Deep Dive: Gratitude, Potential Pitfalls Week Two


In Part One of our deep dive into gratitude, we looked at what gratitude actually means and what it means to build a daily practice around acknowledging your gratefulness. While these might seem like really simple concepts, there are a lot of things that can be needlessly attached to gratitude that can actually set back or hurt your progress or the benefits that you might feel from a gratitude practice.

For me, before I was really able to embrace the things that I was grateful for, I needed to strip myself of some of the shame that I had felt for years, both about things I had been given, about past traumas and about privileges that I experience. While I believe that we all need to explore these emotions and realities as well, combining them with gratitude can have negative effects. It can make you feel undeserving and depressed rather than feeling grateful. 

Once I was able to recognize these patterns, it was much easier for me to create long lists of things I am grateful for on a daily basis. What follows are some of the most common pitfalls to gratitude that we discovered in our research.


When you start to think of being grateful, it can be easy to concentrate on the privileges and things that you have that others do not. When we are a child, for example, many of us are told to finish our dinners because “there are children in the world who are going hungry”. While it is very important to leave places in your thoughts for acknowledging your privileges and showing empathy to others (and hopefully inspiring you to act when possible to help) this is not what a gratitude practice is all about.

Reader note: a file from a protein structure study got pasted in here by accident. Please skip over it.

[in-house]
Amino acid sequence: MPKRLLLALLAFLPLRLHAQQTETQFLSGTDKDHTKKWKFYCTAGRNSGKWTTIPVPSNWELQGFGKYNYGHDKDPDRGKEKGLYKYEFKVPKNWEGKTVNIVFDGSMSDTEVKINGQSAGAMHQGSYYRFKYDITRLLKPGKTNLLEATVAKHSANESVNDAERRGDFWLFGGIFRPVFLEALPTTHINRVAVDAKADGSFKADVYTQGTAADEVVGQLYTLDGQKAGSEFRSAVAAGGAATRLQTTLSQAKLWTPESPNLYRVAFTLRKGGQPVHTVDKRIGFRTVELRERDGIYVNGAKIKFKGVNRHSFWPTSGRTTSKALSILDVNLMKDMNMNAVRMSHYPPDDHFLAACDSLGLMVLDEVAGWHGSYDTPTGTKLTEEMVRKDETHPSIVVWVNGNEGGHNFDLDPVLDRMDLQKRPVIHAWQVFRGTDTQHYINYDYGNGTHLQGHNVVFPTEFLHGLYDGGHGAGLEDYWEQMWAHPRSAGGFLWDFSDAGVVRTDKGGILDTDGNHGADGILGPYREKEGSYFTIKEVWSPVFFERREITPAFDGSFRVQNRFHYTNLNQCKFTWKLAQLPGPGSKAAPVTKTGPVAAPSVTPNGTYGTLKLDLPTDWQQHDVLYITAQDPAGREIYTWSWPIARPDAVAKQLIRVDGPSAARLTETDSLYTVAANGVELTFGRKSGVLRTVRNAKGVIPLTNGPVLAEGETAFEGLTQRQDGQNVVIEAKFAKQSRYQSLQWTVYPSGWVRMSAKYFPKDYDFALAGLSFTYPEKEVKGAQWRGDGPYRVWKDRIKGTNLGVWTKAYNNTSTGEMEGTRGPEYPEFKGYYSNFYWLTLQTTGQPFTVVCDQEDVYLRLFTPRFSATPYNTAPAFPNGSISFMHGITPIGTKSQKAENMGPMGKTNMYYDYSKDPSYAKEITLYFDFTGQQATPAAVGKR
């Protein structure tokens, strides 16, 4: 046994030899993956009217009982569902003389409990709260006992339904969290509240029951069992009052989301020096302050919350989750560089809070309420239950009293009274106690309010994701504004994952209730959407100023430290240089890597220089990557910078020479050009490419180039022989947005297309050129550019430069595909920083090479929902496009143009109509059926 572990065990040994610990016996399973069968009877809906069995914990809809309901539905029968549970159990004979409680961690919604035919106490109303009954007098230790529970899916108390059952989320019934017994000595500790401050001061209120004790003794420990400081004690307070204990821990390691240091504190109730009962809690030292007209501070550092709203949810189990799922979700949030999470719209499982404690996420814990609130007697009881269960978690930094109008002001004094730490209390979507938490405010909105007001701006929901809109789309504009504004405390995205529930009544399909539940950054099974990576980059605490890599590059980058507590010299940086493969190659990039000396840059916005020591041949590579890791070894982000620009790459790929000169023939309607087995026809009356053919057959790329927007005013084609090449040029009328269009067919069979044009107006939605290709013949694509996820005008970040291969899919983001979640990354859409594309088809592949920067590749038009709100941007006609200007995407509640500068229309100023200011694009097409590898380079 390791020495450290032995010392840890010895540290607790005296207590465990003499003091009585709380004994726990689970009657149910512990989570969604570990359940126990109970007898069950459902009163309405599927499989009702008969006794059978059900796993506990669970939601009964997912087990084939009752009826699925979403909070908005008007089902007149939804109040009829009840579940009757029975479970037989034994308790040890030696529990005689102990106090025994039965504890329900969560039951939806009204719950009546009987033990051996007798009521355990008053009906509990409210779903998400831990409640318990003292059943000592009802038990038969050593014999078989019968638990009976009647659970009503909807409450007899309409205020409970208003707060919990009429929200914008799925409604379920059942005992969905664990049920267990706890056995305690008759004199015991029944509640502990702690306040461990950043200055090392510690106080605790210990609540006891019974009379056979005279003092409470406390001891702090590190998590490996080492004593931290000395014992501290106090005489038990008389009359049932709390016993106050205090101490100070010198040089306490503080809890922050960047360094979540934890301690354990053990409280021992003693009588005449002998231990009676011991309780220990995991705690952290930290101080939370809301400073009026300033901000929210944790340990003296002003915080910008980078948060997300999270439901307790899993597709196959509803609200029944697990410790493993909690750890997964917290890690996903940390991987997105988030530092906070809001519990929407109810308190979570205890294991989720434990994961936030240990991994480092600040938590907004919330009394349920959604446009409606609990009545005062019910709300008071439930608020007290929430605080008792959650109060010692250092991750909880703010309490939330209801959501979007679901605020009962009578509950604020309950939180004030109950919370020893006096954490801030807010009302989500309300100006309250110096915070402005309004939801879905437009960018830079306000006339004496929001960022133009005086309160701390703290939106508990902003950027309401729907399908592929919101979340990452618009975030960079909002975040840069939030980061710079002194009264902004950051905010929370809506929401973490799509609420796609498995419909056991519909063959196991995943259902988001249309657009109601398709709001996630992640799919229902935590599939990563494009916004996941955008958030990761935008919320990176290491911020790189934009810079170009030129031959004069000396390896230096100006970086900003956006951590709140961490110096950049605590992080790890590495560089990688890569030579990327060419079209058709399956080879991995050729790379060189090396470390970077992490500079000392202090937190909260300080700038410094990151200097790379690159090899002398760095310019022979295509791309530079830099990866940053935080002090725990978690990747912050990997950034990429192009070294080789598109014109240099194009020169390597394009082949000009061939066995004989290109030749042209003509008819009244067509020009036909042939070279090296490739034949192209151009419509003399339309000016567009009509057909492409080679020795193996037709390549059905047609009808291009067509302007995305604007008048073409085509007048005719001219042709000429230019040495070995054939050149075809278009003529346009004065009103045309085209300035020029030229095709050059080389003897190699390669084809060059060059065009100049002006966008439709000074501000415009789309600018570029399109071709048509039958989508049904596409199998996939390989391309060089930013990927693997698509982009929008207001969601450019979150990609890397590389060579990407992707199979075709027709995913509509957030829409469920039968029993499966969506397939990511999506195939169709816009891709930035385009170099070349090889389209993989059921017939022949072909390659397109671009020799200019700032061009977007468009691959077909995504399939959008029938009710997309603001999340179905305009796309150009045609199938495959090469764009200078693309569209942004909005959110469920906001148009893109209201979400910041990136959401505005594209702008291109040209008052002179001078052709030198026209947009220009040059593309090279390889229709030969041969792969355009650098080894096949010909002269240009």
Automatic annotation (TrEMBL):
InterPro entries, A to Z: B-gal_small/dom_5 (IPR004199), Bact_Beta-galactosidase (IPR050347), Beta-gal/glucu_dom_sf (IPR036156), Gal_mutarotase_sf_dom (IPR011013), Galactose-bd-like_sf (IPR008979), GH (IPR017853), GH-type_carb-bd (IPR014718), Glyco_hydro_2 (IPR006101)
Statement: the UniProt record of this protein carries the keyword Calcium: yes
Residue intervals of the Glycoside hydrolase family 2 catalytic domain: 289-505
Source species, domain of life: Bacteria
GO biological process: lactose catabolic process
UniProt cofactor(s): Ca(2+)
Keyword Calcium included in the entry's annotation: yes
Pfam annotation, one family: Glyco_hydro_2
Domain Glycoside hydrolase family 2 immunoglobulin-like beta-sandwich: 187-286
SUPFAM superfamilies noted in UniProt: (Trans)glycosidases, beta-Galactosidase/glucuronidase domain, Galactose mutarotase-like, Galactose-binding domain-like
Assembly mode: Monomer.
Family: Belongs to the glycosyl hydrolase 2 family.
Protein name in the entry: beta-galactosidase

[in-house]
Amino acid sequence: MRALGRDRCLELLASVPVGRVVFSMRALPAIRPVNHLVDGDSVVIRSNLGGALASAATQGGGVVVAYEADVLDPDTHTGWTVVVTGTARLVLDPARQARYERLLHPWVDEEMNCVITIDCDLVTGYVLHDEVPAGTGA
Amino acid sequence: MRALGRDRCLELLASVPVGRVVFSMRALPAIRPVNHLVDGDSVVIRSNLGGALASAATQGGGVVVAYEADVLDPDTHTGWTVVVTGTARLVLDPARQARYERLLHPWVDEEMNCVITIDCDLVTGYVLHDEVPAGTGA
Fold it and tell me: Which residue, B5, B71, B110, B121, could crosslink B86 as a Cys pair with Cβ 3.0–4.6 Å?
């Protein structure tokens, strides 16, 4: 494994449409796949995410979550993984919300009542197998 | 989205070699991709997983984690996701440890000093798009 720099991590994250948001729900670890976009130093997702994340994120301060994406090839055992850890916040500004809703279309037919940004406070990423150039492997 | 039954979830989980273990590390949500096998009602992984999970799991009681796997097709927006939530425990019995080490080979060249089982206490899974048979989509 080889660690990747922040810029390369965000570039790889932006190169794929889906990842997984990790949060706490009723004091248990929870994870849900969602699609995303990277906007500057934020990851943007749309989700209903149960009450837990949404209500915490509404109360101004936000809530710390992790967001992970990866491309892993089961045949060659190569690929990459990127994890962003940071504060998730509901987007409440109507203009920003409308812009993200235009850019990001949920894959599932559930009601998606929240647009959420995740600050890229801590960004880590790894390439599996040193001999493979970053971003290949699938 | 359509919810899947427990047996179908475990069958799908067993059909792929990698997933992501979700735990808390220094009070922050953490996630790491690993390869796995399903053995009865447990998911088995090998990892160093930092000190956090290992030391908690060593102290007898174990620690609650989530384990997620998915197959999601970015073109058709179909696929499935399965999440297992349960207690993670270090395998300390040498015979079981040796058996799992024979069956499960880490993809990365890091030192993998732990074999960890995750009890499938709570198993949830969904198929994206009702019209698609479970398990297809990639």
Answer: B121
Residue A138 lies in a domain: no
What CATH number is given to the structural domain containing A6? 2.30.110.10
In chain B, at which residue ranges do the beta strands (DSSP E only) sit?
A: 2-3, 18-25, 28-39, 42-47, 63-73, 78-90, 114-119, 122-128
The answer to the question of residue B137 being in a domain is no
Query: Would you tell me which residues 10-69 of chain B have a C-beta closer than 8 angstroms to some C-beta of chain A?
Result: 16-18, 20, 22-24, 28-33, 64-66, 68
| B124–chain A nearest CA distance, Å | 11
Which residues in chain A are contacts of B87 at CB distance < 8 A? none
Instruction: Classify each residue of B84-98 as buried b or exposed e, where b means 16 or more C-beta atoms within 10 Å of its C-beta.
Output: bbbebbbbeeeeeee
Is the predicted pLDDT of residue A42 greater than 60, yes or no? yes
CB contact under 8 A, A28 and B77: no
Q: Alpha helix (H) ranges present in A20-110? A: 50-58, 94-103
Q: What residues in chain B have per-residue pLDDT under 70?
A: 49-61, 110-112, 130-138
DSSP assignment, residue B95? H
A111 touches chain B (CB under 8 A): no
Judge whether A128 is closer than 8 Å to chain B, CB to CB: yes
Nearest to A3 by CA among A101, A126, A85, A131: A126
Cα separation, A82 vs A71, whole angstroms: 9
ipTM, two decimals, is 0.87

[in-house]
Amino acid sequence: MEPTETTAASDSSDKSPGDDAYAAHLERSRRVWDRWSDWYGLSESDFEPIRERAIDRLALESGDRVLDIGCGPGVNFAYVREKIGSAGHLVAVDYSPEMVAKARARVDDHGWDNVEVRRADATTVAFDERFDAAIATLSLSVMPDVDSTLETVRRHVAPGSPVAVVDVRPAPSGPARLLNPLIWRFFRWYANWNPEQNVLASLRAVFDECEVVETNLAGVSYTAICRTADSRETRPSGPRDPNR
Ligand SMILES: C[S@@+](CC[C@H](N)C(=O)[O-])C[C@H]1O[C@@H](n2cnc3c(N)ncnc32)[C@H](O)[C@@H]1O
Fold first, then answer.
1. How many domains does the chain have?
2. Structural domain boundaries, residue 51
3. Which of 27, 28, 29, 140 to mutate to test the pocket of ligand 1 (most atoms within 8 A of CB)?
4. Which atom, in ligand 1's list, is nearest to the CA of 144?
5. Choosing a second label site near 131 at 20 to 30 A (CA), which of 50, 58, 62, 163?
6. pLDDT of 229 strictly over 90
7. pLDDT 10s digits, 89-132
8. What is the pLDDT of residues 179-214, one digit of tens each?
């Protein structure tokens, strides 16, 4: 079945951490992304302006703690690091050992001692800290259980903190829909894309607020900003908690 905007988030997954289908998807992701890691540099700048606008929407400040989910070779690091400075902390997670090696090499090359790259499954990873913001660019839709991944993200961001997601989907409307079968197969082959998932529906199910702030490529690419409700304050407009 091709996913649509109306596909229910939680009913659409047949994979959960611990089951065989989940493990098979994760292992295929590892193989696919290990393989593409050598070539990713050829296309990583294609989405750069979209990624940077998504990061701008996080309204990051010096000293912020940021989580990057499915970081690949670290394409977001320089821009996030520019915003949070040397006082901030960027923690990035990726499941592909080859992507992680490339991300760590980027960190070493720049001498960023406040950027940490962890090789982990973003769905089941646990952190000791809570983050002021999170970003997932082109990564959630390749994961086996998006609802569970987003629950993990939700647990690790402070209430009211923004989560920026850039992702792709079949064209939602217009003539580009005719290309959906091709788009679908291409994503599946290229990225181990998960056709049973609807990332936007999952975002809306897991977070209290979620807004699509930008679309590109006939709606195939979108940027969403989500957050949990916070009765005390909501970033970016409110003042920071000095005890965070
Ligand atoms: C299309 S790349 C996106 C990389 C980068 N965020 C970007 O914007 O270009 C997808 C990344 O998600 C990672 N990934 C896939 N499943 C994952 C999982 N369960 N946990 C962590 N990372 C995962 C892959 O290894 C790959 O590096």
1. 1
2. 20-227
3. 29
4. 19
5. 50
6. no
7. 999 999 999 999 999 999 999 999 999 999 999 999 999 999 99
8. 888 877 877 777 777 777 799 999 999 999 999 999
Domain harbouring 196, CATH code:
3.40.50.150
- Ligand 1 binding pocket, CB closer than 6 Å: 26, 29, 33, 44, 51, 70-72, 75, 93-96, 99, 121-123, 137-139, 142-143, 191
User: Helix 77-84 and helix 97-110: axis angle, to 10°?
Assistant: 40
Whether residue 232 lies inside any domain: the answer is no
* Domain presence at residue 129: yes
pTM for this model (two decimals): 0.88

When we look at the “worst case scenario” or try to talk ourselves out of negative feelings of pain, frustration, anger or sadness, we can fall into the trap of invalidating what is true for us in that moment. 

In the article Why I Quit My Gratitude Practice to Improve My Mental Health, author and occupational therapist Sarah Bence explains the dangers that can come from comparison. Her daily gratitude practice actually caused her to invalidate the pain that she was constantly feeling and it was those thoughts that kept her from seeking out the medical attention that she needed to find relief. She says, “Obviously, something had gone very wrong in my gratitude practice. By constantly invalidating my experience, I wasn’t giving myself the space to acknowledge what was happening and process my feelings.”

She goes on to explain that she realized that showing gratitude should not mean that you don’t acknowledge and work through the hardships in your life. Feelings of gratitude and feelings of frustration can exist within you at the same time and are not meant to cancel each other out. 

When you’re creating your own gratitude practice, it is important to stay as present in your own body, life and world as much as possible. Once you feel the strength that comes from acknowledging your gifts without shame or comparison, you will then feel empowered to think and look bigger and possibly be of service within your community or beyond.

Showing gratitude should not lead to guilt. Neither can you guilt yourself into gratitude. But, this is an easy place to settle, if you’re not careful. This video from Hank Green nicely explains how guilt is a natural part of acknowledging the things that you have been given.